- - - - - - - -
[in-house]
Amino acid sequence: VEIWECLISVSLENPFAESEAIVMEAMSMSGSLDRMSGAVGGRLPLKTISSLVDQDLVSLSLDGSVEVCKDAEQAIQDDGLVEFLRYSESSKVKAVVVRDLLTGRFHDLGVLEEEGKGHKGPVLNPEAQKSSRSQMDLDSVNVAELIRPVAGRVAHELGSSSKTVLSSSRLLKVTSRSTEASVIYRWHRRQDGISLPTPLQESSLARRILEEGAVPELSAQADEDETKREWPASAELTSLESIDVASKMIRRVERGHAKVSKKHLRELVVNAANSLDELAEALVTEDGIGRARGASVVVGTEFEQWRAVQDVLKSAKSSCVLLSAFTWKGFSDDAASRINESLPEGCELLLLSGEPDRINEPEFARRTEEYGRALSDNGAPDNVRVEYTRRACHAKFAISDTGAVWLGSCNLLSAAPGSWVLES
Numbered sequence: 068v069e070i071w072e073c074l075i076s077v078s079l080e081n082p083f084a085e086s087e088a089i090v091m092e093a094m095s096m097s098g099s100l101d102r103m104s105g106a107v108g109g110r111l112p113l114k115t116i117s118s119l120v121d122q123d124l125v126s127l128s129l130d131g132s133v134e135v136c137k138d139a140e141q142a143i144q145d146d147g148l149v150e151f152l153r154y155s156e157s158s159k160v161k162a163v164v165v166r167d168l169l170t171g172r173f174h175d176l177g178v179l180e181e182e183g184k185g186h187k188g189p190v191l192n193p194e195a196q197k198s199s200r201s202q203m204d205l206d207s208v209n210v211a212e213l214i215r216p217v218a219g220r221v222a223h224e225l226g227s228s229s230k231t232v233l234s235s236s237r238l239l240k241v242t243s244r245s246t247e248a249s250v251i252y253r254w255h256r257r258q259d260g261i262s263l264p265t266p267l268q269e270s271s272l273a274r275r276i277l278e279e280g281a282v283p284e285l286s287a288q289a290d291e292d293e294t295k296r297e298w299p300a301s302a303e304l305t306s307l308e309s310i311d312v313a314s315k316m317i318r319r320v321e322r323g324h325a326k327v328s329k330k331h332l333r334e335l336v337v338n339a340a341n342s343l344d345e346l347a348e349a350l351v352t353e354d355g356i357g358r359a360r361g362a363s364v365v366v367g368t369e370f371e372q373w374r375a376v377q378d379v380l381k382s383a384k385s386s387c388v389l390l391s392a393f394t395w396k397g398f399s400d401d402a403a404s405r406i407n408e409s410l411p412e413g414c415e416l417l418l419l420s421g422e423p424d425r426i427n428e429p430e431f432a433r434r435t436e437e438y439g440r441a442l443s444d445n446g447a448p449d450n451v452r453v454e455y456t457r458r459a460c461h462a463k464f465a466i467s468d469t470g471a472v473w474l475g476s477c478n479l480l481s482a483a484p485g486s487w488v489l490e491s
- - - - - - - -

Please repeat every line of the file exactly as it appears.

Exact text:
[in-house]
Amino acid sequence: VEIWECLISVSLENPFAESEAIVMEAMSMSGSLDRMSGAVGGRLPLKTISSLVDQDLVSLSLDGSVEVCKDAEQAIQDDGLVEFLRYSESSKVKAVVVRDLLTGRFHDLGVLEEEGKGHKGPVLNPEAQKSSRSQMDLDSVNVAELIRPVAGRVAHELGSSSKTVLSSSRLLKVTSRSTEASVIYRWHRRQDGISLPTPLQESSLARRILEEGAVPELSAQADEDETKREWPASAELTSLESIDVASKMIRRVERGHAKVSKKHLRELVVNAANSLDELAEALVTEDGIGRARGASVVVGTEFEQWRAVQDVLKSAKSSCVLLSAFTWKGFSDDAASRINESLPEGCELLLLSGEPDRINEPEFARRTEEYGRALSDNGAPDNVRVEYTRRACHAKFAISDTGAVWLGSCNLLSAAPGSWVLES
Numbered sequence: 068v069e070i071w072e073c074l075i076s077v078s079l080e081n082p083f084a085e086s087e088a089i090v091m092e093a094m095s096m097s098g099s100l101d102r103m104s105g106a107v108g109g110r111l112p113l114k115t116i117s118s119l120v121d122q123d124l125v126s127l128s129l130d131g132s133v134e135v136c137k138d139a140e141q142a143i144q145d146d147g148l149v150e151f152l153r154y155s156e157s158s159k160v161k162a163v164v165v166r167d168l169l170t171g172r173f174h175d176l177g178v179l180e181e182e183g184k185g186h187k188g189p190v191l192n193p194e195a196q197k198s199s200r201s202q203m204d205l206d207s208v209n210v211a212e213l214i215r216p217v218a219g220r221v222a223h224e225l226g227s228s229s230k231t232v233l234s235s236s237r238l239l240k241v242t243s244r245s246t247e248a249s250v251i252y253r254w255h256r257r258q259d260g261i262s263l264p265t266p267l268q269e270s271s272l273a274r275r276i277l278e279e280g281a282v283p284e285l286s287a288q289a290d291e292d293e294t295k296r297e298w299p300a301s302a303e304l305t306s307l308e309s310i311d312v313a314s315k316m317i318r319r320v321e322r323g324h325a326k327v328s329k330k331h332l333r334e335l336v337v338n339a340a341n342s343l344d345e346l347a348e349a350l351v352t353e354d355g356i357g358r359a360r361g362a363s364v365v366v367g368t369e370f371e372q373w374r375a376v377q378d379v380l381k382s383a384k385s386s387c388v389l390l391s392a393f394t395w396k397g398f399s400d401d402a403a404s405r406i407n408e409s410l411p412e413g414c415e416l417l418l419l420s421g422e423p424d425r426i427n428e429p430e431f432a433r434r435t436e437e438y439g440r441a442l443s444d445n446g447a448p449d450n451v452r453v454e455y456t457r458r459a460c461h462a463k464f465a466i467s468d469t470g471a472v473w474l475g476s477c478n479l480l481s482a483a484p485g486s487w488v489l490e491s